Watching Saving Mr. Banks, which tells the story of the making of the iconic Disney film, Mary Poppins, makes one wonder if such a film would work in the Indian context. On the surface, the film talks about Walt Disney’s wooing of reclusive writer P.L. Travers for the rights to her book, Mary Poppins. Travers is suspicious of Hollywood and is dead against animation. After holding out for 20 years, her agent finally convinces Travers to meet with Disney and his writers in Los Angeles. The film then follows the gradual thawing between Travers and Disney, also intercutting to show Travers’ traumatic childhood which included a charismatic but alcoholic father and a suicide attempt by her mother — it is enough to drive anyone round the bend.
Through the course of Saving Mr Banks, as the movie is being finalised, Travers goes from being a crotchety uncompromising author to dancing with the writer Don DaGrady. There is also a metaphoric journey Travers goes through where she finally confronts and lets go of her harrowing childhood.
The film is a terrific watch, thanks to the laser sharp writing working in tandem with excellent performances. Each of the characters are so well written and realised that we are willy-nilly drawn into their stories. So you have Colin Farrell as the alcoholic but loving father and Paul Giamatti as the chauffeur Ralph who might be the only American Travers gets to like. Apparently the producers approached Emma Thompson because they couldn’t get Meryl Streep. But watching Thompson as Travers bringing out every nuance of the character from irascible to vulnerable and everything in between, one cannot imagine anyone else in the role. And what can one say of Tom Hanks? As Disney he is the showman, the confidante, the artiste for who “the mouse was family” and the businessman who will not take no for an answer.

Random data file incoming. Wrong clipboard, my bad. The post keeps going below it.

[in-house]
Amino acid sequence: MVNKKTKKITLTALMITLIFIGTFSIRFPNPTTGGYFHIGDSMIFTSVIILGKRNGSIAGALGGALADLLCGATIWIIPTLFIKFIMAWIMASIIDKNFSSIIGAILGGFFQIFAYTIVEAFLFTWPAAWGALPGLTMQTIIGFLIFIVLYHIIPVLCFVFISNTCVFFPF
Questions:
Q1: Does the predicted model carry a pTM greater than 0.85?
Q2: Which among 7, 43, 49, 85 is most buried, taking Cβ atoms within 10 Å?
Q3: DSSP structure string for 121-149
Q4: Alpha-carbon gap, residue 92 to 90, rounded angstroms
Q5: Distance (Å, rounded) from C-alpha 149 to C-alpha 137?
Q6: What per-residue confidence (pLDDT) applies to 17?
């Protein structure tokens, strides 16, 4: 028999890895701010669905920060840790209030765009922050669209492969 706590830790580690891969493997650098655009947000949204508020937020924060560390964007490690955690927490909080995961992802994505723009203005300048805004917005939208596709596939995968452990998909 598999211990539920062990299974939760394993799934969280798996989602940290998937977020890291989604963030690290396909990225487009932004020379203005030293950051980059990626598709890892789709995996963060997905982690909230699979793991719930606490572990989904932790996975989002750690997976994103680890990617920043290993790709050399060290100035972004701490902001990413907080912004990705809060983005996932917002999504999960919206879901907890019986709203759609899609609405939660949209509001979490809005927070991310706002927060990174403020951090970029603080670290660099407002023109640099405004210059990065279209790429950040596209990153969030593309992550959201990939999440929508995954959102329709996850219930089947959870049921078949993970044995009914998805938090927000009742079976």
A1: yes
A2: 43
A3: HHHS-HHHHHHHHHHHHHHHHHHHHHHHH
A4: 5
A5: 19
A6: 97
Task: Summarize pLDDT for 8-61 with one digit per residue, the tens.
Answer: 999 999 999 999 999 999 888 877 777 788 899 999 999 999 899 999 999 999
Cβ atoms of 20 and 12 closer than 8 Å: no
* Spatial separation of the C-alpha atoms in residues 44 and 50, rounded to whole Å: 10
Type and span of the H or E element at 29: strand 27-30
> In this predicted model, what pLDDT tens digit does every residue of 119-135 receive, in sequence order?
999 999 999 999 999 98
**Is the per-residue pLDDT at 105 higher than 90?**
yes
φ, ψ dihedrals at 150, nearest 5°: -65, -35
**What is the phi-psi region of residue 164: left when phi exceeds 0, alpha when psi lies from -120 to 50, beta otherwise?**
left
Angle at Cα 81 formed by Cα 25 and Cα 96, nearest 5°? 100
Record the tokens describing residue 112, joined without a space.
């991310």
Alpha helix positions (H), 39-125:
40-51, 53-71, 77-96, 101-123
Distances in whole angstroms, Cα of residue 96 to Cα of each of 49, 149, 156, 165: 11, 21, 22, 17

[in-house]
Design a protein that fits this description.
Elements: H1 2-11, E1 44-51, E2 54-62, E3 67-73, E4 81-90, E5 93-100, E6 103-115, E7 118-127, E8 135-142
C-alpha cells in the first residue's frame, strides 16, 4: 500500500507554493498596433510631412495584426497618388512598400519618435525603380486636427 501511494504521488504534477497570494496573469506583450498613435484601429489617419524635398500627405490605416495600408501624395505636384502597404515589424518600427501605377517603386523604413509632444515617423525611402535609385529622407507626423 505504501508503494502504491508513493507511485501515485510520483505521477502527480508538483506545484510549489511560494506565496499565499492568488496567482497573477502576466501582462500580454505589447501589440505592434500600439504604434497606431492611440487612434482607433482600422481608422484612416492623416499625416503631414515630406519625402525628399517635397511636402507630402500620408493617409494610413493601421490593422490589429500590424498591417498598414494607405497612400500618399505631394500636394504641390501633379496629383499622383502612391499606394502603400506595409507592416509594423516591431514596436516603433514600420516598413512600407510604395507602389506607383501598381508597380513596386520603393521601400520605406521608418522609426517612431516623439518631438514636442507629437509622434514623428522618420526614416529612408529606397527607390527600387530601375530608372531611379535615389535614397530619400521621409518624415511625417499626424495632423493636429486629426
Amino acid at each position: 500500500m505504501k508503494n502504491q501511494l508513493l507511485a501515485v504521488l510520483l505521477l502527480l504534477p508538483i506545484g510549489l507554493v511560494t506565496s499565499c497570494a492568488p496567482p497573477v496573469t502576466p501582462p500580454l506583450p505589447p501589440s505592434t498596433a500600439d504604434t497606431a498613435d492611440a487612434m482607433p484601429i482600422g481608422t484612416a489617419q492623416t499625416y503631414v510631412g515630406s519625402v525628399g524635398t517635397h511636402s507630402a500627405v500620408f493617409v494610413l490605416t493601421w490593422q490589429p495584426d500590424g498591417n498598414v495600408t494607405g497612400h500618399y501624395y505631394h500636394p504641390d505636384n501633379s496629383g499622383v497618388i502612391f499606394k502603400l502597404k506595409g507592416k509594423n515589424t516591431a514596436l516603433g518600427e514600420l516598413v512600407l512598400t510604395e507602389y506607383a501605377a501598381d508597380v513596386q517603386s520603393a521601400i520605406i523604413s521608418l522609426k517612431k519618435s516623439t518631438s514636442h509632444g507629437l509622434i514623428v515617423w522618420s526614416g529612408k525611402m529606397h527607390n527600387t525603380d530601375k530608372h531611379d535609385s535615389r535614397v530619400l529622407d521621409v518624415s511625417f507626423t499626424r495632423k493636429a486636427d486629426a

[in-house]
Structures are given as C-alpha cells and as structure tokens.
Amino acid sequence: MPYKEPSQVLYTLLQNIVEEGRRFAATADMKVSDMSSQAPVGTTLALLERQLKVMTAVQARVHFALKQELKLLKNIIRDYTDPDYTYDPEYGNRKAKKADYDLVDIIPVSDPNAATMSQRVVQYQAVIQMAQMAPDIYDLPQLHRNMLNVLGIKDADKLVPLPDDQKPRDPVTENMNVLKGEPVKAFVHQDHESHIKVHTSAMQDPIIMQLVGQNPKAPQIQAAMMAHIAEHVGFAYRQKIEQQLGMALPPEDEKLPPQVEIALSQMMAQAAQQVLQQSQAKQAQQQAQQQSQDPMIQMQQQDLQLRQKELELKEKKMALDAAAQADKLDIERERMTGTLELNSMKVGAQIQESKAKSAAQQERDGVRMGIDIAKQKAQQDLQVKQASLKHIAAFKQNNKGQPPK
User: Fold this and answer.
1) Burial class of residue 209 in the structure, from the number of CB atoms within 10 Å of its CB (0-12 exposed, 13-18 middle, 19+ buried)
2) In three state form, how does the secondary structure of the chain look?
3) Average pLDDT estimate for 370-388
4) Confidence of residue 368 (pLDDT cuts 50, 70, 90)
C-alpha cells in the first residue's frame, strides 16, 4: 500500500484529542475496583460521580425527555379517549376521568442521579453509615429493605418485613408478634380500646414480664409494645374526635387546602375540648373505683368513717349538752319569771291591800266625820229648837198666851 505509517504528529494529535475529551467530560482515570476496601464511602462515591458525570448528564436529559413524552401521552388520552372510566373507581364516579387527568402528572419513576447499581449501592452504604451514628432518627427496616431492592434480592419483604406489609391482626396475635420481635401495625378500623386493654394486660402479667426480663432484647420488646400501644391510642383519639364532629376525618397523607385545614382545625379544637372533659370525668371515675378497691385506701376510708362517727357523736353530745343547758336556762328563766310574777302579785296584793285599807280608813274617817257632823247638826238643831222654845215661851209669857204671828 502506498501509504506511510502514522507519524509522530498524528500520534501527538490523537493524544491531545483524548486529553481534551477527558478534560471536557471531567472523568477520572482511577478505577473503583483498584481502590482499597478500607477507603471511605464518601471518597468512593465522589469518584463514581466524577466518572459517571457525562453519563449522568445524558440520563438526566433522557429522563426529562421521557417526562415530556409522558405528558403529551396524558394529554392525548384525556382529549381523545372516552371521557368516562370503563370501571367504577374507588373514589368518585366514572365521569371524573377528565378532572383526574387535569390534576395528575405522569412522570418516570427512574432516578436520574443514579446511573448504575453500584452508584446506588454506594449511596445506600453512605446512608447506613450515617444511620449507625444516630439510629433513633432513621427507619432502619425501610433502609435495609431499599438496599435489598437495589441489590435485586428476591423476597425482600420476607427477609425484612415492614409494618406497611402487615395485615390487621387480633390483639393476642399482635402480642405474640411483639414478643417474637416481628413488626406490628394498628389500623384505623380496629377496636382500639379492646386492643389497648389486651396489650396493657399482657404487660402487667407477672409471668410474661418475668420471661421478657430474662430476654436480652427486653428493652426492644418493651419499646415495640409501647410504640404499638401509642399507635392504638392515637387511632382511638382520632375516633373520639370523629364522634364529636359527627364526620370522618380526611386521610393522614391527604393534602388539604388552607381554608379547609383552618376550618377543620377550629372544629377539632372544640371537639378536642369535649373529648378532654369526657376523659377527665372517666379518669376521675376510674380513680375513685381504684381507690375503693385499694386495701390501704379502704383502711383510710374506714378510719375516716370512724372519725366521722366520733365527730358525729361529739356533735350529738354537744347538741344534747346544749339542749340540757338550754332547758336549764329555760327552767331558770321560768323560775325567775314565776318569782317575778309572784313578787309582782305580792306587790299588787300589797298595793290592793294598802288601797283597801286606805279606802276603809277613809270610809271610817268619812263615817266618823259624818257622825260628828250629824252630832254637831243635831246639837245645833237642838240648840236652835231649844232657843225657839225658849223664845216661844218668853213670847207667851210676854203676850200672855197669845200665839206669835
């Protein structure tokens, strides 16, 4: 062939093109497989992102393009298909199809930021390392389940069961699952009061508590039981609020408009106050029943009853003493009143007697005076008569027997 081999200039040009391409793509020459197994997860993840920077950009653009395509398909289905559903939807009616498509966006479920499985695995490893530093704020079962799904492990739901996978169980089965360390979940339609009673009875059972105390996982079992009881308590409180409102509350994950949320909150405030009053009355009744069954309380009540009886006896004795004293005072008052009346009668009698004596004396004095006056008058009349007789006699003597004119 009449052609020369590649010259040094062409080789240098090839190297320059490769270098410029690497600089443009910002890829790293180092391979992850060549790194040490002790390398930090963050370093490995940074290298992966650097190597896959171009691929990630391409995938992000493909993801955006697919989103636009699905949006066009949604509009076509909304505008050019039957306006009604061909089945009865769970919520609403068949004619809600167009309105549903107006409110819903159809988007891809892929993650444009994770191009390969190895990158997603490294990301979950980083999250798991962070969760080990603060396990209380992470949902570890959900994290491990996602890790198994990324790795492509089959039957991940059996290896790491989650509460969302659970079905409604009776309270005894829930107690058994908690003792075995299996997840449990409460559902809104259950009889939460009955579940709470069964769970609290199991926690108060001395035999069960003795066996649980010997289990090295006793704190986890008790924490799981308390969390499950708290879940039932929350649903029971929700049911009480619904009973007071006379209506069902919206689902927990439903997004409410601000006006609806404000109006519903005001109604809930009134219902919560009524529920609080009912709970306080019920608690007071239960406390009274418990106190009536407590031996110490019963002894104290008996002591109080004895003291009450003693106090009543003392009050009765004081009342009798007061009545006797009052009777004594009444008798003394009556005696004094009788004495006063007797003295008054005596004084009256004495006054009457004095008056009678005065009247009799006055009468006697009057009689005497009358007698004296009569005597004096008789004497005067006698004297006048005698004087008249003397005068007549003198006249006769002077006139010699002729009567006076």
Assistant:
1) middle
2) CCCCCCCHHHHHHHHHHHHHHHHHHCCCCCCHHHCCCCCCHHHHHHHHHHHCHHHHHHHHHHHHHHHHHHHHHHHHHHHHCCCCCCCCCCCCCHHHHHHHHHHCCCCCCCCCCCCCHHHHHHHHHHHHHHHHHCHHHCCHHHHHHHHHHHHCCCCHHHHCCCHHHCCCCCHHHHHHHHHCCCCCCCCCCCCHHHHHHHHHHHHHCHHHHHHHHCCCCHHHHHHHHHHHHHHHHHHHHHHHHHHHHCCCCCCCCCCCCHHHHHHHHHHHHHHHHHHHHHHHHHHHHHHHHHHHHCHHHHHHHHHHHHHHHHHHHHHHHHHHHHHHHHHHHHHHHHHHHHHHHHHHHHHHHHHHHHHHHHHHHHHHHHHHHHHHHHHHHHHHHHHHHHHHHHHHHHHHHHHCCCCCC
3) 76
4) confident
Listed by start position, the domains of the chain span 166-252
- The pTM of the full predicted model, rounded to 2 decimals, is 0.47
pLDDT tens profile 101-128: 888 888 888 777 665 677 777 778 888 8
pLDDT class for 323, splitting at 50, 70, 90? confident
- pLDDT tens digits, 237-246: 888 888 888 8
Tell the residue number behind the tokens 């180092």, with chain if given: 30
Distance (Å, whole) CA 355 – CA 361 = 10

Like 2011’s My Week with Marilyn the film-within-the-film in Saving Mr Banks does not look very deeply into the Hollywood circa 1961. The film does have a happy ending; but unlike Travers fears, it doesn’t cavort and careen towards a happy ending like a kamikaze, rather it glides towards it gracefully.
Coming back to a similar exercise in the Indian context, it would be nice to see a movie on the making of Guide. All the ingredients are there — an iconic movie, a superstar, extraordinary music, a renowned novel and a legendary writer who was very unhappy with the film adaptation. But that is another story!
Director: John Lee Hancock
Cast: Emma Thompson, Tom Hanks, Paul Giamatti, Colin Farrell
Storyline: An inside look at the making of Mary Poppins
Bottomline: Heart-warming tale backed by solid performances and writing